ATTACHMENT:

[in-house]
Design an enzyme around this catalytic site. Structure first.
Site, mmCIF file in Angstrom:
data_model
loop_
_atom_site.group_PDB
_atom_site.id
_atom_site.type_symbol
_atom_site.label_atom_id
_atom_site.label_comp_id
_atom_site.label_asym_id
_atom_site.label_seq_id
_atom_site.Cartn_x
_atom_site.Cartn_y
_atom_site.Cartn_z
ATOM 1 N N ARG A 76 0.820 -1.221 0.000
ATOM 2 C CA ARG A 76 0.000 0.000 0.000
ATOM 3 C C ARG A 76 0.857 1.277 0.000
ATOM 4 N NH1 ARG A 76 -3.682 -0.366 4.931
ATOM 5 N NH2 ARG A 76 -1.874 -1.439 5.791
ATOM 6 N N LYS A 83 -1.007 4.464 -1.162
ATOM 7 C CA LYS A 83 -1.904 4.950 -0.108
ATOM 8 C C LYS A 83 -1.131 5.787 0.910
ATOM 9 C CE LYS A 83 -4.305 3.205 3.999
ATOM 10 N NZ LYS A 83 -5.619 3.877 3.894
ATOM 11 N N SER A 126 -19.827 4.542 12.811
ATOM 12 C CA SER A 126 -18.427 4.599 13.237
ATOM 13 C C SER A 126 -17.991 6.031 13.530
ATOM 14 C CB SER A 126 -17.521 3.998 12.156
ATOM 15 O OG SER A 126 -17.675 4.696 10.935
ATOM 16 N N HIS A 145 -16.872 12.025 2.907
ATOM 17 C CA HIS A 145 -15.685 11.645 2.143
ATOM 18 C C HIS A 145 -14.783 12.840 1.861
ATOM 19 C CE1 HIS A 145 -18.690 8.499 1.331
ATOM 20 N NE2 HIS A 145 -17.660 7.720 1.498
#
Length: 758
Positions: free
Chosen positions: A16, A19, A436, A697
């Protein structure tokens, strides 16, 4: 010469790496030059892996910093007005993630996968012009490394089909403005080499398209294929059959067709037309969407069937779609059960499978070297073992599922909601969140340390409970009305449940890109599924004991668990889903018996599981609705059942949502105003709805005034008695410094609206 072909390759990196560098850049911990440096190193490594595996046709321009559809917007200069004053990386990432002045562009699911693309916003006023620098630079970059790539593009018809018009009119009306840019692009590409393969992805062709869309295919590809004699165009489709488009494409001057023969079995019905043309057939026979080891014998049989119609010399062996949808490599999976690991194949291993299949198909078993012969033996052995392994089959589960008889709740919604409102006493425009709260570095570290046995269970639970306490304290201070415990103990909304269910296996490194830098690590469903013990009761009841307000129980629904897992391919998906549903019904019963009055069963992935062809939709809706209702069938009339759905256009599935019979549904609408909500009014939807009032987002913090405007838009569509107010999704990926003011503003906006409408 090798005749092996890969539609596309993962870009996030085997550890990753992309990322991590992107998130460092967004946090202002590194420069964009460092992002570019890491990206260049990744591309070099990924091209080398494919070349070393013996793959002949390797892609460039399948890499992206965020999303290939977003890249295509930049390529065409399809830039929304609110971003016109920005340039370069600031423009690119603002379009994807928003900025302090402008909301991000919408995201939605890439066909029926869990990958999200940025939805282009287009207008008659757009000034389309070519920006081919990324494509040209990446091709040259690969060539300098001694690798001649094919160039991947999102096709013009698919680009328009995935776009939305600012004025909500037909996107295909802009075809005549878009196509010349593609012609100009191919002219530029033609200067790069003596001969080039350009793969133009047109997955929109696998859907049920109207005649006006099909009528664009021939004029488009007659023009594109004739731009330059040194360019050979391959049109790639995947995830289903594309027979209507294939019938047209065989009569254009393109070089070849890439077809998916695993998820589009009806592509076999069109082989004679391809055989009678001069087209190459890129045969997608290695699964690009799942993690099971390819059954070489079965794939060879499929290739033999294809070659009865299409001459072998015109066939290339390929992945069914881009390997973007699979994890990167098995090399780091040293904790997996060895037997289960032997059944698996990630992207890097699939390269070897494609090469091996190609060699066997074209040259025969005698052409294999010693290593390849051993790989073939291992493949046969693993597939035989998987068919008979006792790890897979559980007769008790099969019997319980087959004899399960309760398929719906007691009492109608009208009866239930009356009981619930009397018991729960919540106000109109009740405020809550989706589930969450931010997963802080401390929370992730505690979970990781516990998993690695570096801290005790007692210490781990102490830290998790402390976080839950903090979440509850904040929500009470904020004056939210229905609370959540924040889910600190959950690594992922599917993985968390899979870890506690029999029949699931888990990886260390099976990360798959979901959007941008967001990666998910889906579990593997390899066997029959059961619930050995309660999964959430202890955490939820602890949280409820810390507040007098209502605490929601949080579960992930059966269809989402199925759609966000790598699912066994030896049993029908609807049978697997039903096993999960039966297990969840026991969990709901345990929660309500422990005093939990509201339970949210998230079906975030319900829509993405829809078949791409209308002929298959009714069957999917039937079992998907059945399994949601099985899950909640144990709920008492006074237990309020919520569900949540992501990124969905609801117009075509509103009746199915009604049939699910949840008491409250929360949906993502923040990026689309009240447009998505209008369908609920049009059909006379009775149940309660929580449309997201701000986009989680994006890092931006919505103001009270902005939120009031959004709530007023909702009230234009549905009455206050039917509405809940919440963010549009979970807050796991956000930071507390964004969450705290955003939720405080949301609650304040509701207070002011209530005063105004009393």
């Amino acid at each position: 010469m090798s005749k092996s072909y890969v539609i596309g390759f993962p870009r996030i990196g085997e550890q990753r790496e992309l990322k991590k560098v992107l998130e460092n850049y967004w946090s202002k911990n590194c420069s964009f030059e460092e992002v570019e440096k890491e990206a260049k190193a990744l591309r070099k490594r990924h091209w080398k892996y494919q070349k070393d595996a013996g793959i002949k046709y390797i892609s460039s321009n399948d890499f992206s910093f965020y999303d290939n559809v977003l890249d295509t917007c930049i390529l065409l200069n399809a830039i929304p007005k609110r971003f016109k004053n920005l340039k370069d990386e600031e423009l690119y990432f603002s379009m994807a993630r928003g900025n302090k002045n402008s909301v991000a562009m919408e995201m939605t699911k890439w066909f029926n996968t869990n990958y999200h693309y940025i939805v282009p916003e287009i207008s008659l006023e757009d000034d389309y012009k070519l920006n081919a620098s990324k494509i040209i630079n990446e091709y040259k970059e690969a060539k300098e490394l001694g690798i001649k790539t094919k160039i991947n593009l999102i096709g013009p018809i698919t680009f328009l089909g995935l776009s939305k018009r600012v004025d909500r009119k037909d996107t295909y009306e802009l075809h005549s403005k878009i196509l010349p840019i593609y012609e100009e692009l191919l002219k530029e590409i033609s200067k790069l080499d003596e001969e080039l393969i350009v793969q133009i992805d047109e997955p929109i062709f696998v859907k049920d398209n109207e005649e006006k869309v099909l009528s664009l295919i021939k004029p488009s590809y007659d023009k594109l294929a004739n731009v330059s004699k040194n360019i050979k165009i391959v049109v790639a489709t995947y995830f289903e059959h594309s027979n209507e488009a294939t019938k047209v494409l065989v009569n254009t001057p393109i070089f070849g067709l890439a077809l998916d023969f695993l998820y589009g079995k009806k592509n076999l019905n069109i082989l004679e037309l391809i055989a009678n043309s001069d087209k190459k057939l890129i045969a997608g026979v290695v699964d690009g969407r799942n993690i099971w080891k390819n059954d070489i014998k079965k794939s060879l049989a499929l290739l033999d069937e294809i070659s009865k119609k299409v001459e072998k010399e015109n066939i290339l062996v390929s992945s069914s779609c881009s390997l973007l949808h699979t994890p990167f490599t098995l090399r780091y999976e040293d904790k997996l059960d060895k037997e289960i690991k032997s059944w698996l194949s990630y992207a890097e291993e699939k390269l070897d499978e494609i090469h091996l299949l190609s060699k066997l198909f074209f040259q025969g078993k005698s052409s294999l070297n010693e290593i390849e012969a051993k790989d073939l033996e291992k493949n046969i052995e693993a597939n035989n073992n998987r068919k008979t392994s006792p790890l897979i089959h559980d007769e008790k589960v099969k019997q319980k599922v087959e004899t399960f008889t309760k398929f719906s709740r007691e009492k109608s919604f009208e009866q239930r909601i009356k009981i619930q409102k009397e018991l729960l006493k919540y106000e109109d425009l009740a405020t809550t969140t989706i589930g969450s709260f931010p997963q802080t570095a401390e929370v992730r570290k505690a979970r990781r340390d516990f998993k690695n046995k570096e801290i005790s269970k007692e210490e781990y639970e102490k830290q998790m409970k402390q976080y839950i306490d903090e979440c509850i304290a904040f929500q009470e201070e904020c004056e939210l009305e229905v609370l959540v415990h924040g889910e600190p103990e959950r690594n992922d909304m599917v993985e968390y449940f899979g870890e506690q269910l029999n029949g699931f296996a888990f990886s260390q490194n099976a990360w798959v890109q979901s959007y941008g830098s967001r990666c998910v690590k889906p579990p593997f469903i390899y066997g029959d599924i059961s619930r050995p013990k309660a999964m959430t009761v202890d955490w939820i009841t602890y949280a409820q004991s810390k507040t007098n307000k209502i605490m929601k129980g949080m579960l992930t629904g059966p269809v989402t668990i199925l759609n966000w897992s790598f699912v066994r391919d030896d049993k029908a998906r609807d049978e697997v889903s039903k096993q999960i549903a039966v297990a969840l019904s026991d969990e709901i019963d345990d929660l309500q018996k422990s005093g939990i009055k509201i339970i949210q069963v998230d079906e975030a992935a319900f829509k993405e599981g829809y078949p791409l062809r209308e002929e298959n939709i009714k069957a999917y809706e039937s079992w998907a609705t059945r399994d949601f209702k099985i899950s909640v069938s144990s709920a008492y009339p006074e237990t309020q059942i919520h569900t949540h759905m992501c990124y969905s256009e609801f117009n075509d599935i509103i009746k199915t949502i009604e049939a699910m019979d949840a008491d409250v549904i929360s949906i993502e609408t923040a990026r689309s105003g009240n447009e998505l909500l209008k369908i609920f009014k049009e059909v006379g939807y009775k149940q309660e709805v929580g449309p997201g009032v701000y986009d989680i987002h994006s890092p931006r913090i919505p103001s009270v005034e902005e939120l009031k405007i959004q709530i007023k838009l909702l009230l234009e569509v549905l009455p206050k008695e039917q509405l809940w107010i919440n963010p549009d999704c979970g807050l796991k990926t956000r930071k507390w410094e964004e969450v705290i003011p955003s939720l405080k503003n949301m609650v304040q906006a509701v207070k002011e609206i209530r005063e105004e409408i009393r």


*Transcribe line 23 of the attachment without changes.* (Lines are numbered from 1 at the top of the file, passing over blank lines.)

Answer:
ATOM 8 C C LYS A 83 -1.131 5.787 0.910